Wall Street Journal's Scores

  • Movies
  • TV
For 2,255 reviews, this publication has graded:
  • 41% higher than the average critic
  • 2% same as the average critic
  • 57% lower than the average critic
On average, this publication grades 2.6 points lower than other critics. (0-100 point scale)
Average Movie review score: 59
Highest review score: 100 Ratatouille
Lowest review score: 0 Identity Thief
Score distribution:
2,255 movie reviews
  1. It's a bad idea done disastrously.
    • Wall Street Journal
  2. Doc says: "I can't believe this is happening." …That sentence may be the only one uttered in the entire film that contains an ounce of true feeling. Certainly that was the thought on my mind as I watched this depressing rehash of material that seemed original just five years ago, when it was. And "I can't believe this is happening" seemed to be what most of the actors were thinking as they gamely trudged through their paces yet again. [31 May 1990, p.A12]
    • Wall Street Journal
  3. Hitchcock rings false from start to finish.
  4. A symphony for tin ears, a sniggering assessment of human nature delivered with the faux-lofty tone of a Lexus commercial.
    • Wall Street Journal
  5. Given the importance of that subject, the real mystery of Mr. Lee's movie is why it's so diffuse, dispirited, emotionally distanced and dramatically inert.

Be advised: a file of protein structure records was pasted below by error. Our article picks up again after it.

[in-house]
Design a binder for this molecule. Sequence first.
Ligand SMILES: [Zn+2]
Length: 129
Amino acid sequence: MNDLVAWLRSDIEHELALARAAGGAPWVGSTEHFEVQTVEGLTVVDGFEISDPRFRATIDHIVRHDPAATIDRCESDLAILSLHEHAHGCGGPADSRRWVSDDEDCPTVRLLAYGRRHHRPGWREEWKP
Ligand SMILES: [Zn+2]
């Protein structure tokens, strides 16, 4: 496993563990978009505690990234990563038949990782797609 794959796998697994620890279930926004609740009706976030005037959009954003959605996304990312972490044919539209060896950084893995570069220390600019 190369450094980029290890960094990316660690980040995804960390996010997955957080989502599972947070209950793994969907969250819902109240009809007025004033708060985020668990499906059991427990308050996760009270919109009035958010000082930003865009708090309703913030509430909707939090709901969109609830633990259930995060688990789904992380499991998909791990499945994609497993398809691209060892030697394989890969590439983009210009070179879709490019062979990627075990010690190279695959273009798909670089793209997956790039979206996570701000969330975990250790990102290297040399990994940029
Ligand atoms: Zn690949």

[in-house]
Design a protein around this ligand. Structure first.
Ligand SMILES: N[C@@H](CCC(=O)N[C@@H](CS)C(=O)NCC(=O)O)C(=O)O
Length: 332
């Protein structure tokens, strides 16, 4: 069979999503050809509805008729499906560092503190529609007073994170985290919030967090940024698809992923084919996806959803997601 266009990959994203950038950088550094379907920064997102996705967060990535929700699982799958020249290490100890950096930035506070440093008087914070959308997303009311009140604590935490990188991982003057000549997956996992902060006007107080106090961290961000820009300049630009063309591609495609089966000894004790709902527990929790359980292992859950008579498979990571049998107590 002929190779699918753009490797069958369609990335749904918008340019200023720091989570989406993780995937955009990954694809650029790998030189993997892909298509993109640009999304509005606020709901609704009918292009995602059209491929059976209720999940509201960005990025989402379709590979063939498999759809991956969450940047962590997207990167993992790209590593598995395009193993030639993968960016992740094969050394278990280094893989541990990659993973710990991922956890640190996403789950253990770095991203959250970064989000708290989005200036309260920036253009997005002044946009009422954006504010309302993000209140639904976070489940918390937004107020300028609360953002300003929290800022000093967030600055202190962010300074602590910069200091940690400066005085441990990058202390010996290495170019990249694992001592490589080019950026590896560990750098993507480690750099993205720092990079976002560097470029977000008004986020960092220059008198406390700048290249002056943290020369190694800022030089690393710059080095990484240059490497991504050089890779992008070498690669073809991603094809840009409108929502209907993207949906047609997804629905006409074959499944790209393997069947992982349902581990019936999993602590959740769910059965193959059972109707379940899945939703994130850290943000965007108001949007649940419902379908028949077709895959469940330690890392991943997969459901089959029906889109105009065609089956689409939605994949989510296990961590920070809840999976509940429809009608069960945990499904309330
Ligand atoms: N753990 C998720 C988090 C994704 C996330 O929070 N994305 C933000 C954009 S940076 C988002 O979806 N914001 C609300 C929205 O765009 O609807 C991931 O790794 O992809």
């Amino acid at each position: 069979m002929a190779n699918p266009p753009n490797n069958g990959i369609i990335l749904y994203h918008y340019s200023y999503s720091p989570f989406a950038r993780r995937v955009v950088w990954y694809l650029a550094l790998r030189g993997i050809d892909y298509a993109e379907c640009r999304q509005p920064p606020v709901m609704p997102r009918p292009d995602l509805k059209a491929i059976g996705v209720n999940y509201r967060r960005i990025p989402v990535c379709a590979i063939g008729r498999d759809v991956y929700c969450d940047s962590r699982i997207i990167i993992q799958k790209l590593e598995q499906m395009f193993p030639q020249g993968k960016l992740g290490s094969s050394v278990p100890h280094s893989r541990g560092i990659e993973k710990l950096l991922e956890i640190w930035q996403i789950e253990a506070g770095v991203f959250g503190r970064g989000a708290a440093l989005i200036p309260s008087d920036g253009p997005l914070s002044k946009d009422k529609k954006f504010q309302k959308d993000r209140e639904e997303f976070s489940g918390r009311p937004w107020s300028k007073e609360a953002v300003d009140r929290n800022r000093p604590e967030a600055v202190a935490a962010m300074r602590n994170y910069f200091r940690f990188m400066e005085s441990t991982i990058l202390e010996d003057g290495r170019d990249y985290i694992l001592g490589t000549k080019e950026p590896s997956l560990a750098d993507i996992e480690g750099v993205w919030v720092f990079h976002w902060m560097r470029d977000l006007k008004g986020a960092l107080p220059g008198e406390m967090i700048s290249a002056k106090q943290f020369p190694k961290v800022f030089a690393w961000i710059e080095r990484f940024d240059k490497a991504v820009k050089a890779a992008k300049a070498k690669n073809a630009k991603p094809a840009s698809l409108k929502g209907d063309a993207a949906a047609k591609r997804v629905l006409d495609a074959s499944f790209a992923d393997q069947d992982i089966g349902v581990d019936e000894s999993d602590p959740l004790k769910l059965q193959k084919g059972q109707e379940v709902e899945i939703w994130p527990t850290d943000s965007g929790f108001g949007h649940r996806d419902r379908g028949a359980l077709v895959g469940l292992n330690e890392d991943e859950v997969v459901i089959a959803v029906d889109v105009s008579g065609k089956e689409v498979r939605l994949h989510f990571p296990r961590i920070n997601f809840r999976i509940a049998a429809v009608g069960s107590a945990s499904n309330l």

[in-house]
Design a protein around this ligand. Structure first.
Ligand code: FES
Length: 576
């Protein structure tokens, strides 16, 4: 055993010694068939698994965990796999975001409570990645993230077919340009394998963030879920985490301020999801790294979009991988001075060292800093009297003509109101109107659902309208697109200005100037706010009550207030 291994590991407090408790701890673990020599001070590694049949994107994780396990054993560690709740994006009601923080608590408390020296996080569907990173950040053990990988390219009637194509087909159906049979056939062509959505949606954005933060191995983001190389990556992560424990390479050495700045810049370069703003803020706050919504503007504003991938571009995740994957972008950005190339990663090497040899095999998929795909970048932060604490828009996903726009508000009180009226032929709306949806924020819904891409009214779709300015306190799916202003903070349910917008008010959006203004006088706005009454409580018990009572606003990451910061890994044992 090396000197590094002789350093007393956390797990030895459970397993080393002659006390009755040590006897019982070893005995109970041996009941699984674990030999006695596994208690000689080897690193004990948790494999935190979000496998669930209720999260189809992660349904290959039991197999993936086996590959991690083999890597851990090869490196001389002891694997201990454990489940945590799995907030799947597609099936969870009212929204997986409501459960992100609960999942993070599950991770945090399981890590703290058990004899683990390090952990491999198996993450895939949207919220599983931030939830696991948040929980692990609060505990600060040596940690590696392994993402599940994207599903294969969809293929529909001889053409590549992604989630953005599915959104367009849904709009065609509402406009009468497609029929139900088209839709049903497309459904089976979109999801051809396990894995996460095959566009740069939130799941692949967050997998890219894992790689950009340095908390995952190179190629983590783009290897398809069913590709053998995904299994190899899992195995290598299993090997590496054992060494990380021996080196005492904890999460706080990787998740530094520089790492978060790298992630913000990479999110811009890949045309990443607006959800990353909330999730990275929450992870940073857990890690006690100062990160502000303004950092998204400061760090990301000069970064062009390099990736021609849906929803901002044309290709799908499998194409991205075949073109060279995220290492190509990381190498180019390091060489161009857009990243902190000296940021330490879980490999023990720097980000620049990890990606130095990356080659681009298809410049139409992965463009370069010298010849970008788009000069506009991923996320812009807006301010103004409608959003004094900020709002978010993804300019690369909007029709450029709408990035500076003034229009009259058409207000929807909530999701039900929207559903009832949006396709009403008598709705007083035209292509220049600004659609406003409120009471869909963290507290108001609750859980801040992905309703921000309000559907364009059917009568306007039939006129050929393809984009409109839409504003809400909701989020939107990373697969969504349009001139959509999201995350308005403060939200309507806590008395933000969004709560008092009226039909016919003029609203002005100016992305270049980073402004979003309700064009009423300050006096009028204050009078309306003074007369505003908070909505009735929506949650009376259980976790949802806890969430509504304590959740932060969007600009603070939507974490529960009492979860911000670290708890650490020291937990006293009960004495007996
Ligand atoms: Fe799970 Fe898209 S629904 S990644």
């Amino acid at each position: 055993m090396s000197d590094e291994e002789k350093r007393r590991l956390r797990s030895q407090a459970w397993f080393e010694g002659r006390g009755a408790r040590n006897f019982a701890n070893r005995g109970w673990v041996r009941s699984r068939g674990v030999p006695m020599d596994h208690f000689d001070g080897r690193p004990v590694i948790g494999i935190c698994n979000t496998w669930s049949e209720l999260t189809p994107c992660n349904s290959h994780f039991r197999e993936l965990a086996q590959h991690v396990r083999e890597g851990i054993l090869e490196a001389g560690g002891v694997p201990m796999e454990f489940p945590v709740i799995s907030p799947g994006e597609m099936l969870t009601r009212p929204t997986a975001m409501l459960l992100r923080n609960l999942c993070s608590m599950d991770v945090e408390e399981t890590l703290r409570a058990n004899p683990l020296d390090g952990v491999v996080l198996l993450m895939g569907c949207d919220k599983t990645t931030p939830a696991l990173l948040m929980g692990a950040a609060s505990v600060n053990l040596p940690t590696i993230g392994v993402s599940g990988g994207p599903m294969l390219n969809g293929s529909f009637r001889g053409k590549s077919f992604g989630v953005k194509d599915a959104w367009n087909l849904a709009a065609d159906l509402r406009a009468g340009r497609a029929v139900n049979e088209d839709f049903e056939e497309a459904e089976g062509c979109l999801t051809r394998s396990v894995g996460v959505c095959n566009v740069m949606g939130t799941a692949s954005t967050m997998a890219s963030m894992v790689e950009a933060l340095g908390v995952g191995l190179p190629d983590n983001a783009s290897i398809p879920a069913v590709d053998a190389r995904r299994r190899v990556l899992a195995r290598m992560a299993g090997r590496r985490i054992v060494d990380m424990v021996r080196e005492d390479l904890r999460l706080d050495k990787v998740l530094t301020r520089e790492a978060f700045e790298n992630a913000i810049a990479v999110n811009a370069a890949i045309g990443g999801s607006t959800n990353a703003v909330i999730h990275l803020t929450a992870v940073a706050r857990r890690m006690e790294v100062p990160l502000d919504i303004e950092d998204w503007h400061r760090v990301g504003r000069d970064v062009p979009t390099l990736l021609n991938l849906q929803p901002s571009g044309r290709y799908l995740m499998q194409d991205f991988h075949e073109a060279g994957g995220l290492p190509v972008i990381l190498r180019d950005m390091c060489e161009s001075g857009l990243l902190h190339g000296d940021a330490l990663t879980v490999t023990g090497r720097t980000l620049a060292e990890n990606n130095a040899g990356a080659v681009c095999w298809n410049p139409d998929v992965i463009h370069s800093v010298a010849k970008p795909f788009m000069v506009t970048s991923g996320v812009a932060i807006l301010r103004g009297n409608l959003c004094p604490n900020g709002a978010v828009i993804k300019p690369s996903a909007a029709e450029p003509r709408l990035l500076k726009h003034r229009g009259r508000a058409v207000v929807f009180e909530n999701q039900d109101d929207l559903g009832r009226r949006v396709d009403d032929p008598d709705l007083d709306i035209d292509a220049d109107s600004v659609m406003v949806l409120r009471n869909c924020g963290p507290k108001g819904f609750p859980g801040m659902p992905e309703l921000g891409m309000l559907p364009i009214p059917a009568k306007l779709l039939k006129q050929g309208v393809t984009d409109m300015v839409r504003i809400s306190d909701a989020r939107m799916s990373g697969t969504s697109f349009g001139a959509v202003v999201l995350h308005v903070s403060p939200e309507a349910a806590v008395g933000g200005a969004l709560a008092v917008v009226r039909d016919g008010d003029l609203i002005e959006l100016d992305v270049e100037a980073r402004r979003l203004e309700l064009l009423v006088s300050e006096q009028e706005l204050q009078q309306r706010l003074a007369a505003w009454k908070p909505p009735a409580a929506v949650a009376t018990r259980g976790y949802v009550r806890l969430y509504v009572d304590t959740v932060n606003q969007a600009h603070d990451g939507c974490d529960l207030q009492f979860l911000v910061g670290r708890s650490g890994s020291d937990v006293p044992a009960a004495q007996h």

6. What's never explained is why anyone would do such a dumb remake of Robert Wise's 1951 sci-fi classic.
  7. Whatever one may think of the overall style--I think it's ludicrous--Mr. Fuqua clearly wanted his film to be operatic, and so it is, in a tone-deaf way.
  8. The movie has the cartoonish realism of a Muppet movie. However, Mr. Herman is no Kermit the Frog, although he made me feel like Oscar the Grouch. [13 Aug 1985, p.1]
    • Wall Street Journal
  9. What they've done here goes beyond gross -- or clumsy, or dumb -- to genuine ugliness, both cutaneous and sub.
    • Wall Street Journal
  10. Mr. Brooks manages to be deeply loathsome -- no small feat for a film that's shallowly amateurish.
  11. Shockingly, the kind of cringe-inducing material upon which Mr. Mazer has built a career as a writer for Sacha Baron Cohen ("Bruno," "Borat," "Da Ali G Show") doesn't work when rendered by types who could have been cast in "Notting Hill" (someone even makes a Hugh Grant joke). It's rather close to excruciating.
  12. What Happens in Vegas... should have stayed in development -- forever. This ramshackle -- and occasionally repulsive -- farce doesn't even deliver on the minimal promise of its title; most of it takes place in Manhattan.
  13. It's shrill in tone, awash in unexamined narcissism - kids are just pretexts for laughs, rather than objects of love - and afflicted by explosive verbal diarrhea. There's simply no base line of normal human activity, let alone intimacy, until the anticouple finally re-examines their anticommitment credo. By then everyone has been so selfish and dislikable that our commitment to the film is lost.
  14. Littered with low points -- lame comedy, dubious history, fumbling drama and a love story so inept as to make a pacifist long for war.